A dishevelled puppeteer discovers a portal leading into the body of actor John Malkovich.
OK, so the movie debut of Spike Jonze, the pop video veteran best known for Fatboy Slim's remarkable Praise You clip, was never exactly going to be run-of-the-mill stuff. Even so, nothing prepares you for just how dazzlingly original Being John Malkovich actually is. Taking an idea which could have been stretched beyond breaking point or simply fallen flat in the wrong hands, Jonze turns it into one of the most startling pictures to grace the screen in a long time, a film that manages to be hysterically funny and achingly poignant, while making the possibility of living life as a crotchety, pompous movie star seem like the most attractive prospect in the world.
Cusack is Craig Schwartz, a straggly-haired, poverty-stricken puppeteer goaded by his animal-fixated wife (Diaz, almost unrecognisable under a gigantic brown wig) into getting a proper job, which he does, as a filing clerk on the seventh-and-a-half floor (a gag which really has to be seen) of a nondescript office building. It's here, while working for a dotty centenarian boss (Orson Bean) and lusting after colleague Maxine (Keener) that he stumbles upon the hidden portal that sucks unsuspecting parties straight into Malkovich's brain, thus giving the person the opportunity to literally "be" Malkovich for 15 minutes, before being spewed out beside the New Jersey turnpike. But what starts out as a money-spinning novelty quickly descends into insanity, as Diaz discovers the joys of the portal, Keener discovers the joys of Malkovich, and Malkovich (giving possibly the performance of a lifetime as, well, himself), slowly begins to twig that a bunch of complete strangers are messing with his head.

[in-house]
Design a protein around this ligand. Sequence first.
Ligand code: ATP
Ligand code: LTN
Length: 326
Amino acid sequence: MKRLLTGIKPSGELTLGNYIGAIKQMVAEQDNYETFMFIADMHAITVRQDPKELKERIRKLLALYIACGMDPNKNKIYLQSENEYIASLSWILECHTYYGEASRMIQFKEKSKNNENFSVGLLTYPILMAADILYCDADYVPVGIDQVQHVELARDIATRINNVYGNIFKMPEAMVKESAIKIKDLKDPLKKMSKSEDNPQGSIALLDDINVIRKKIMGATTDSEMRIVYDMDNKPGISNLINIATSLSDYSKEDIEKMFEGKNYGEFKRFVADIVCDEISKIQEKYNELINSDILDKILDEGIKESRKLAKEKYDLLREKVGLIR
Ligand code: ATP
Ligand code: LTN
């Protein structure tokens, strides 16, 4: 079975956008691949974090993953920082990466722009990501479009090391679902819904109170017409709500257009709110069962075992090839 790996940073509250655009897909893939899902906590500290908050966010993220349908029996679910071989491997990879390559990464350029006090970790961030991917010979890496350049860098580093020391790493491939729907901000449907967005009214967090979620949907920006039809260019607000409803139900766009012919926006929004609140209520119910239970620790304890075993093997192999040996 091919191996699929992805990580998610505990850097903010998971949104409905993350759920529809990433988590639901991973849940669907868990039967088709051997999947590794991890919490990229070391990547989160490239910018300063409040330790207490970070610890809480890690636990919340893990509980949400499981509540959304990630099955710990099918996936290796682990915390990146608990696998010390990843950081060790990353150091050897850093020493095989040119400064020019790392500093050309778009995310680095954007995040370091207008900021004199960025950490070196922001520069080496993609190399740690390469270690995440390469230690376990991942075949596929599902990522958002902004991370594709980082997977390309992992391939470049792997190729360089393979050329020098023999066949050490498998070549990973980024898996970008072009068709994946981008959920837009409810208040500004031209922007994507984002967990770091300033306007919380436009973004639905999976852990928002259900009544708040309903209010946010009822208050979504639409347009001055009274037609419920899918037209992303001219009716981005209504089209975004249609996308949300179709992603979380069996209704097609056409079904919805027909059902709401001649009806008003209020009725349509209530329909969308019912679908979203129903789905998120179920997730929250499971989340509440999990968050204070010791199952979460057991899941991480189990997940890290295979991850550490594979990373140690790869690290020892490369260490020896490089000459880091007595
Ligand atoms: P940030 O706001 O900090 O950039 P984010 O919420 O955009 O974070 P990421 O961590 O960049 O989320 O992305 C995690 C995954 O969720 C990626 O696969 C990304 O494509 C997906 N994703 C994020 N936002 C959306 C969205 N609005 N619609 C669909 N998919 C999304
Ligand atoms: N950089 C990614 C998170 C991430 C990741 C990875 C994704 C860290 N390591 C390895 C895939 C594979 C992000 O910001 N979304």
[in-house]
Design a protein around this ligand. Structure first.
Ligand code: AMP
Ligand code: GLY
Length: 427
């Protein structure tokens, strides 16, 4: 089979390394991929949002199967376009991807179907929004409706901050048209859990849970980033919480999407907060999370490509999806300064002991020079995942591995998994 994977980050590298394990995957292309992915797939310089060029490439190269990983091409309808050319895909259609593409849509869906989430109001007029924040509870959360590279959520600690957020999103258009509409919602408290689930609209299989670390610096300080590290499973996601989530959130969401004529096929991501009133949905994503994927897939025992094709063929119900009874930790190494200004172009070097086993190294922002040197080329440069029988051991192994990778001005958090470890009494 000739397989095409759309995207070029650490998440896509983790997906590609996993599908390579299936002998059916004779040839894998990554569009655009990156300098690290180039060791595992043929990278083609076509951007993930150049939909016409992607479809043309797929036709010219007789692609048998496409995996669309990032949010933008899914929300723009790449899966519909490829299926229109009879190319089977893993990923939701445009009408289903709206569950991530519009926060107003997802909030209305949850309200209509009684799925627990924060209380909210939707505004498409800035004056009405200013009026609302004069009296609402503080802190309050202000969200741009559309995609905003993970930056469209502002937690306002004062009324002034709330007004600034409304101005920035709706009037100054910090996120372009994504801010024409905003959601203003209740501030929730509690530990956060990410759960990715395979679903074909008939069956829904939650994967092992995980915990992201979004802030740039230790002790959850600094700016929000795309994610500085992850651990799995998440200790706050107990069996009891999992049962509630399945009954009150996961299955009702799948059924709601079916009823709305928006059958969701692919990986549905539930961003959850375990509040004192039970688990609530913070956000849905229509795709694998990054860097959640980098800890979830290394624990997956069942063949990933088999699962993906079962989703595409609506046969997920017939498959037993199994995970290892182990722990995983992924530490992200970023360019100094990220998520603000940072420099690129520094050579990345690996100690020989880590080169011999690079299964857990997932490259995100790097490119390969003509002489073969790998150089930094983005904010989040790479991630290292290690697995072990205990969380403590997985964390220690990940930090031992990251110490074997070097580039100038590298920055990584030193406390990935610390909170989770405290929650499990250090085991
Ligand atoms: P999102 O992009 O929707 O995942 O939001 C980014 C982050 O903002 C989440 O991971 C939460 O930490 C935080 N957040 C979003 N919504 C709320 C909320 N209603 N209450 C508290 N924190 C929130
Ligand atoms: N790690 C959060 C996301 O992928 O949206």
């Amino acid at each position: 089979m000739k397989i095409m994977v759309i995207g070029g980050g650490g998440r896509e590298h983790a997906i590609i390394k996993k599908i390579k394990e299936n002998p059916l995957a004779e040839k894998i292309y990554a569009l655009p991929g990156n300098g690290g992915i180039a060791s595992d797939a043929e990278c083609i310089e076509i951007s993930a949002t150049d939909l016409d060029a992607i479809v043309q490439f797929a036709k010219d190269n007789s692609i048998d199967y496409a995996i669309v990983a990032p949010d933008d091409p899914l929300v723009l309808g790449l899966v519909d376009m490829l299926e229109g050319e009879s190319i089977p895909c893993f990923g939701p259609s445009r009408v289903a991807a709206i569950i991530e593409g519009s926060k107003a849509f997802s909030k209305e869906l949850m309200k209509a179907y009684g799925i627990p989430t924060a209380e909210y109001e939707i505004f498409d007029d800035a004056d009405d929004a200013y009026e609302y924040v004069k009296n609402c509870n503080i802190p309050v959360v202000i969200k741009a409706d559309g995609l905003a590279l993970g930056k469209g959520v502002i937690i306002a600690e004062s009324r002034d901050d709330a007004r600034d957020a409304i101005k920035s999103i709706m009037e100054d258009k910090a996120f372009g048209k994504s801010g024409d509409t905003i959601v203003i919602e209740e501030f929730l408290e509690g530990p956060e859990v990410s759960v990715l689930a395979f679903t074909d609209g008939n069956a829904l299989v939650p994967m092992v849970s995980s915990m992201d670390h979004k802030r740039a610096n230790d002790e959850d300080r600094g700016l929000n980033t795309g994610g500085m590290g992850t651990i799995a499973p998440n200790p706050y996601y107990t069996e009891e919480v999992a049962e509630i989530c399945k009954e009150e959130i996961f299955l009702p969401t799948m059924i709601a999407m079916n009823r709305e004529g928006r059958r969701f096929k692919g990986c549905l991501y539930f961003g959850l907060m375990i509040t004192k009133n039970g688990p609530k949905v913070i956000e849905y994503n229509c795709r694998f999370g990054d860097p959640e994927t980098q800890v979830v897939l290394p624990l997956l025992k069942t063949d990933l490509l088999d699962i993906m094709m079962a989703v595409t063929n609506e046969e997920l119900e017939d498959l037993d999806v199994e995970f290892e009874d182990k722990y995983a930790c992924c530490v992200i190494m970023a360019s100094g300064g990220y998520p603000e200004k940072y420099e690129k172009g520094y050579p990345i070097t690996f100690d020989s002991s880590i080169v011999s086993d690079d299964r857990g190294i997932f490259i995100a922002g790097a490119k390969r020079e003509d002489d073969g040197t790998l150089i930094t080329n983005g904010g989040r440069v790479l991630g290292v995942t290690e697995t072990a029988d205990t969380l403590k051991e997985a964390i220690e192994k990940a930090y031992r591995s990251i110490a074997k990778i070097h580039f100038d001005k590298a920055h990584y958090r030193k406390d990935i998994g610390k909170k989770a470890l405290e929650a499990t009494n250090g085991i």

While the premise is an attention-grabber in itself, Being John Malkovich offers more than just a neat gimmick to win over its audience. Kaufman's script is an absolute winner, playing up the absurdity of the situation and sustaining the joke with a steady stream of new twists, yet giving its characters an abiding sense of humanity, and even explaining why it is that Malkovich's bonce should boast this unique feature. And the performances shine - Cusack and Diaz have rarely been better, while Keener is as splendid as ever as the opportunistic Maxine. But this is Malkovich's movie, and it's a constant joy to see him send himself up on such an alarming scale, coming over as the kind of obnoxious, self-obsessed idiot no actor would ever want to appear to be (the scene in which he, too, decides to try the portal into his brain is a masterpiece). At times it all becomes a little too surreal for its own good (a sequence in which a chimp regresses into its own childhood is, frankly, beyond the pale), but otherwise the multi-talented Jonze (appearing in front of the camera in this month's Three Kings), has created an outstanding piece of work, an off-kilter vision curiously reminiscent of the Coen Brothers, that isn't easily forgotten.
Chances are you'll never see another movie like Being John Malkovich, so make sure you don't miss out.